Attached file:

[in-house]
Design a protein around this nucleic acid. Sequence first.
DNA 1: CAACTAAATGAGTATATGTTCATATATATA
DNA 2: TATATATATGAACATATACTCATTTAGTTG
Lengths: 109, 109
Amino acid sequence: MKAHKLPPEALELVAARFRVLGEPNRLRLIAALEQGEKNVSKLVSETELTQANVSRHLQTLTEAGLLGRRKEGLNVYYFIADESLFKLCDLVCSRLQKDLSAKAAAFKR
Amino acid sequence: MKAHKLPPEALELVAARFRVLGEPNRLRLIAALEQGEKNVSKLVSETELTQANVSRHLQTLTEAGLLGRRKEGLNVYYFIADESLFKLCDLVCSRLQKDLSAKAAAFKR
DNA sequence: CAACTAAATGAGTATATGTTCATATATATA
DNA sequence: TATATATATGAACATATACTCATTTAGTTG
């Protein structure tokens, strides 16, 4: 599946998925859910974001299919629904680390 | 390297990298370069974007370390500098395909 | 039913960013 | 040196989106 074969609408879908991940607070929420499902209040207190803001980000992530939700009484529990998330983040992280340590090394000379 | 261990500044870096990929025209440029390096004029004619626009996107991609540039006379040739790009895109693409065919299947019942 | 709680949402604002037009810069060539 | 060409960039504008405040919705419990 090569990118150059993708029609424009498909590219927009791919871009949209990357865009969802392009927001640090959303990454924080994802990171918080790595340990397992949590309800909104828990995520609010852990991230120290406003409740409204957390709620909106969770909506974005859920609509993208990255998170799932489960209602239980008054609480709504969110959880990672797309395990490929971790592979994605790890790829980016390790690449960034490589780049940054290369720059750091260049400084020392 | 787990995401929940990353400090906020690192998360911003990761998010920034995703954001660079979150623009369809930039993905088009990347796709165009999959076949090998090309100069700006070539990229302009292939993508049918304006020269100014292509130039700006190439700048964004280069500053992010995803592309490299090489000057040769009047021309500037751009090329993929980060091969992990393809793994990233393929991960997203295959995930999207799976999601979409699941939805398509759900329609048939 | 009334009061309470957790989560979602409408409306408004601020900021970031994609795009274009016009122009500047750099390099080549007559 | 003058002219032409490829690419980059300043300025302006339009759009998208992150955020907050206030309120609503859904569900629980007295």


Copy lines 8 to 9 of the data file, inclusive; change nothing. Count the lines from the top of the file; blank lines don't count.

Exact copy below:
DNA sequence: CAACTAAATGAGTATATGTTCATATATATA
DNA sequence: TATATATATGAACATATACTCATTTAGTTG